Paying full attention in fantasy baseball can be easy at times and difficult at others.
At what point does having conviction about a player you drafted become blind foolishness after weeks of inconsistent or sub-par results – only to see a dropped player prosper after letting him go?
How dangerous can it be to not check the very latest news prior to weekly transaction deadlines?
With varying first-game starting times across Major League Baseball each week, how easy is it to miss roster-setting deadlines?
While the three points above may seem obvious, sadly I have been tripped up on each this past week. As such, I hope my fresh examples of blunders will help you avoid similar pitfalls.
After all, these are factors that can and should be under our control. In that way, they are completely unlike injuries and playing time changes for which we have no choice but react.
In leagues with deep benches, holding onto an under-performing player is a lot easier than in a format like National League Tout Wars. There, the reserve section of the roster is just four players. That has to cover MLB-active and ready substitutes plus any speculative stashing of prospects deemed close to the Majors who could become difference-makers later on.
One such example of a late starter is Juan Nicasio of the Colorado Rockies. Through five April starts, the right-hander had logged 14 strikeouts and walked 13. He had gone beyond five innings just once and had an ERA of 4.62 to go with a WHIP of 1.50.
Not feeling comfortable I could trust Nicasio even away from Coors Field, I cut him. The next week, he joined the roster of Lenny Melnick of FantasyPros911 on a $5 bid (reduced to $4 by Vickrey Rule as the result of two lower bidders). Immediately, my thoughts were to ask myself why I let a valuable asset get away without even trying to get something in return.
Shortly after leaving my roster, Nicasio got his walks under control, lowering his WHIP to 1.095 in May while increasing his strikeout rate. On Sunday, versus the World Champion Giants no less, Nicasio tossed a three-hitter with no runs allowed over six innings. His bullpen did its job, protecting the victory. Needing wins badly, it was tough for me to watch.
Another example of my not paying attention closely enough occurred that same night.
I blame the Dodgers’ Ellises for confusing me. When second baseman Mark Ellis was activated from the 15-day disabled list, someone had to go. It was one of catcher A.J. Ellis' backups. Despite Ramon Hernandez’s terrible numbers (.045 batting average this season), it was backstop Tim Federowicz who drew the short straw since he could be optioned to Triple-A.
The problem was that I had just added Federowicz to my roster as a backfill for injured Wilson Ramos of Washington. Though I had checked the daily transactions earlier, the later Sunday game in Los Angeles eluded me. A week with no stats from one catching spot is my self-imposed penalty.
A better play would have been to grab Humberto Quintero of Philadelphia, called up when Carlos Ruiz was injured on Sunday. Another decent option could have been Jeff Mathis of Miami, just off the DL himself.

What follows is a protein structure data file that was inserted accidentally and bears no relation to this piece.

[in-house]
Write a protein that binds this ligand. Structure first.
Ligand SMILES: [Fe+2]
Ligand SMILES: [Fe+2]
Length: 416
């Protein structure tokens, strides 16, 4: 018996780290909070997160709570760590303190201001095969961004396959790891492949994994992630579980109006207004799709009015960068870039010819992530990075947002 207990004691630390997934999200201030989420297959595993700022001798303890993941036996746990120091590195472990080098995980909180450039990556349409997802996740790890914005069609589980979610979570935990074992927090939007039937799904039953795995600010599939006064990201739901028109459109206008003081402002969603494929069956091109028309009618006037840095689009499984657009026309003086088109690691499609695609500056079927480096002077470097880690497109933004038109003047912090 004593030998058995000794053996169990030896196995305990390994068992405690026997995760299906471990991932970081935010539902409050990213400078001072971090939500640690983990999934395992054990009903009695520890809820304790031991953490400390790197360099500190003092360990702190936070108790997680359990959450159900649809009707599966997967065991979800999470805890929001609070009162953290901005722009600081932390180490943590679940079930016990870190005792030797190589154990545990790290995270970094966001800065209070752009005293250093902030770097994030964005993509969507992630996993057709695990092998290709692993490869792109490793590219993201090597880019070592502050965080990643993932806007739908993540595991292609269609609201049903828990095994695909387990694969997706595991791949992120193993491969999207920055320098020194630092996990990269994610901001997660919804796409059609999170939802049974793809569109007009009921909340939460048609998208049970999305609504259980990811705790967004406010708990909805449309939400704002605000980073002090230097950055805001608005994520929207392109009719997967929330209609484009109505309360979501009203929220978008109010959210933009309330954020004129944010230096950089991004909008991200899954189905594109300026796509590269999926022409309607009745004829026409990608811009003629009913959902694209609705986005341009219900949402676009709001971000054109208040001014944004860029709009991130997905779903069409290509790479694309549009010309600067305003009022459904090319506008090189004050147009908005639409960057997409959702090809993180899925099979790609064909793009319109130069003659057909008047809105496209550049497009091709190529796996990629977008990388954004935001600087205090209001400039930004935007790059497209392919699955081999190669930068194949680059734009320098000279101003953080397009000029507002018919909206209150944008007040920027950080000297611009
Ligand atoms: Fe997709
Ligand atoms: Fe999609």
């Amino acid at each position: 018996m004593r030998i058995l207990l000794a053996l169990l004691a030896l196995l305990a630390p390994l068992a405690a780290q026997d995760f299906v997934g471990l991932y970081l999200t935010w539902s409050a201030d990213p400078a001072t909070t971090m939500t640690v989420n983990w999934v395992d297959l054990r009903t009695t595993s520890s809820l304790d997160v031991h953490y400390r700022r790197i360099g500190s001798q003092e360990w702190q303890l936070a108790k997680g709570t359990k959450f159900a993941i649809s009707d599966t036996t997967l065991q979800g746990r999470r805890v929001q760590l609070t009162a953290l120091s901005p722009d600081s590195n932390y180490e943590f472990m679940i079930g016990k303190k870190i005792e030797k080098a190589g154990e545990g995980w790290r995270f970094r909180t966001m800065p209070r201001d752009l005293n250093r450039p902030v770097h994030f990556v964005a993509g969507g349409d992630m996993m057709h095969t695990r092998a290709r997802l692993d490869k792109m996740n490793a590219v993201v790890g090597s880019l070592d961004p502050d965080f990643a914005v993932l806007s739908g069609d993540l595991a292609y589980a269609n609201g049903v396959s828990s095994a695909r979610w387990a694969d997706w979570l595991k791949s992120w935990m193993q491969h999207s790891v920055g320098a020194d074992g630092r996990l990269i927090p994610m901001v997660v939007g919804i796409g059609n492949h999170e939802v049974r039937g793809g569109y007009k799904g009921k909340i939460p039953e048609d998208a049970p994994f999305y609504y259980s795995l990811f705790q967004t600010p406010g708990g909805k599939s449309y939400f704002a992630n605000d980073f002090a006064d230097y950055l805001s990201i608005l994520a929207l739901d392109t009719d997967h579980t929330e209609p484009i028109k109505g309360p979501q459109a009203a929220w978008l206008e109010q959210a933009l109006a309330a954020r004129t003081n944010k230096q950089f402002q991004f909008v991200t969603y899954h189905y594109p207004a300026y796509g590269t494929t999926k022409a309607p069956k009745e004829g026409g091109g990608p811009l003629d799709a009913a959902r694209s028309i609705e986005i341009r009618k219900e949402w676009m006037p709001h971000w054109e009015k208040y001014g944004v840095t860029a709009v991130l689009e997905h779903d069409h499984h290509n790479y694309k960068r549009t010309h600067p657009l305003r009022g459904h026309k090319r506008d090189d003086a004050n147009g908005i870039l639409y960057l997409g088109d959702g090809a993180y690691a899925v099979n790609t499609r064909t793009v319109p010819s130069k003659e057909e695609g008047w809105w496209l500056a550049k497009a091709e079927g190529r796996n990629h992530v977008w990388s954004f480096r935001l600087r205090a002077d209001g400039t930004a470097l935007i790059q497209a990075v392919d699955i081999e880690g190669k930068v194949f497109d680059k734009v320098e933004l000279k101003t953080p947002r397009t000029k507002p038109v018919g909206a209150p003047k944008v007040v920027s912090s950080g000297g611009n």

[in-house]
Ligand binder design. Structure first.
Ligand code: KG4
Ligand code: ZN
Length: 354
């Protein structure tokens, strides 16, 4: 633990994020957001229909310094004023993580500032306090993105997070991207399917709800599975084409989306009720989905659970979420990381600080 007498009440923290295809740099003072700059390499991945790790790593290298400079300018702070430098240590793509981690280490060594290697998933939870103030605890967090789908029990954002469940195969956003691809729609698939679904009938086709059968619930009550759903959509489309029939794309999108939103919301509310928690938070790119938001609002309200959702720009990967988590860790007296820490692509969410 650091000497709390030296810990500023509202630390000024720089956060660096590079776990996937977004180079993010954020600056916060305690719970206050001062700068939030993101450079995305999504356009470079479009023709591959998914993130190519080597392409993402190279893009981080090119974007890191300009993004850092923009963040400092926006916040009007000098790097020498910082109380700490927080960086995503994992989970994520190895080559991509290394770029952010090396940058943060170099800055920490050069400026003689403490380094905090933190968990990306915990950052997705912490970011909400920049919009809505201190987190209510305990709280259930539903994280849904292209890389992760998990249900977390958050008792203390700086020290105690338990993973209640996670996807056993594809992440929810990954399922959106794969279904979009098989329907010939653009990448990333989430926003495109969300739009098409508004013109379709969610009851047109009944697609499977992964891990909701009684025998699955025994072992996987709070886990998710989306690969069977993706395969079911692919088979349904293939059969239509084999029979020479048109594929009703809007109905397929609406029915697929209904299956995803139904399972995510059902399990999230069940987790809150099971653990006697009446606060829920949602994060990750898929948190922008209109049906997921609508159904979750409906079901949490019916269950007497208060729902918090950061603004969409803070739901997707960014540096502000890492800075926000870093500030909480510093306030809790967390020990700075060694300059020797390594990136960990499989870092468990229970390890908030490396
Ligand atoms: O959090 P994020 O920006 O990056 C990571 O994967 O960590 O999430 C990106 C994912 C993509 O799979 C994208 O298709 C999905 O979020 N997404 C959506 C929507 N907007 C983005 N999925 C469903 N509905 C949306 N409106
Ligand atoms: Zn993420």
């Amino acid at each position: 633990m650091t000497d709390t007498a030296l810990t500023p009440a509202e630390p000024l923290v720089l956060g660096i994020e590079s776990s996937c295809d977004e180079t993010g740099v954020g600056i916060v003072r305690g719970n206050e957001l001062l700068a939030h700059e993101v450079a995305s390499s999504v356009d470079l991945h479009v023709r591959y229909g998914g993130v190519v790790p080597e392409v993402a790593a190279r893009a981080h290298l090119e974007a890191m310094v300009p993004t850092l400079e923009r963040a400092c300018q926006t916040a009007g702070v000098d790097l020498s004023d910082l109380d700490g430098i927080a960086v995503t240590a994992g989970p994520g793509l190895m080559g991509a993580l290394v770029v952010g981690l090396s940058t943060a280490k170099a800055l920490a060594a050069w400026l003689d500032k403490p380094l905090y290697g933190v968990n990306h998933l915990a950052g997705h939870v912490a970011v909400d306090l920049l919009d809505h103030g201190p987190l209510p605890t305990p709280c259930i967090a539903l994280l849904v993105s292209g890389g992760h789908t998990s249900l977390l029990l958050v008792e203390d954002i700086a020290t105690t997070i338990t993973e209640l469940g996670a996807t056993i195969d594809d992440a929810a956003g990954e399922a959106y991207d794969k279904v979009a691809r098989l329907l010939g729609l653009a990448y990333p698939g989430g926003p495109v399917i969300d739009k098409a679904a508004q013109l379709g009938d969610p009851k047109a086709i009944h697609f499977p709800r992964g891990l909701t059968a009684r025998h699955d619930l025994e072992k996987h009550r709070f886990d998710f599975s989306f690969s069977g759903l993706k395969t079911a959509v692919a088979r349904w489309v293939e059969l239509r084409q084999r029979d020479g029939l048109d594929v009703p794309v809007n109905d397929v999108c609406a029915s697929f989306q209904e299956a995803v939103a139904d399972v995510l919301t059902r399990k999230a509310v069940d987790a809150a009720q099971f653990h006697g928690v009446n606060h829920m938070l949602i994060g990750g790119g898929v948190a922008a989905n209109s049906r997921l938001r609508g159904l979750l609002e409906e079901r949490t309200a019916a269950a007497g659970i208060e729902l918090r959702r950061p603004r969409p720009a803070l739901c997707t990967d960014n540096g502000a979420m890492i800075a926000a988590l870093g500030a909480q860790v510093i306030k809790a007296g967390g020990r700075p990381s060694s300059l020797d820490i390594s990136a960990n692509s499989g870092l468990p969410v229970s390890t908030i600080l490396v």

Speaking of injured, that same night, I bought the services of outfielder Scott Van Slyke of the Dodgers. Despite the club having no open job in the outfield, I spent $4 on Van Slyke, even though I knew his three home runs from the week before would not be replicated anytime soon. I convinced myself Van Slyke is a poor-man’s Rick Ankiel, who had just gone for $24.
Again, not seeing player news on Sunday night, I missed that Van Slyke left the game after fouling a pitch off his leg. Though the injury was not serious, the questionable roster move seemed right in line with my weekly theme.
There is no excuse for missing these, as information is abundantly available. For example, our excellent stats provider OnRoto has player capsules readily accessible. Many sites offer sorting capability as well to help one sift through the volume of material for what is most relevant to us in whatever formats we play.
Just a week earlier, I whiffed on the first of two consecutive noon Monday roster deadlines. Again, I cannot complain to anyone as league members were even warned in advance by e-mail. I just got busy and as a result, entered my weekly transactions a few minutes late on Monday.
As a result, in the XFL, Xperts Fantasy League, I was stuck carrying two dead spots for an entire week, despite having viable bench replacements. Tommy Hanson of the Angels was on the bereavement list and Rockies' outfielder Michael Cuddyer had been placed on the DL.
For a brief moment, I thought about asking our league SWAT, Lord Zola, to show me some mercy on the transaction time, but decided it would not be fair to even suggest starting down that potential slippery slope.
I’d rather just beat myself up for not paying enough attention. I need to get back into my Sunday night groove and I had better do it fast.
You should find the weekly routine that works best for you and above all, stick to it! In other words, please do as I say, not as I do.
Brian Walton was the 2009 National League Tout Wars champion, scoring the most points in the league’s 14-year history. Though he is the only one to remember or care, he also finished second in each of the two subsequent seasons. His work can also be found daily at TheCardinalNation.com and thecardinalnationblog.com. Follow Brian on Twitter.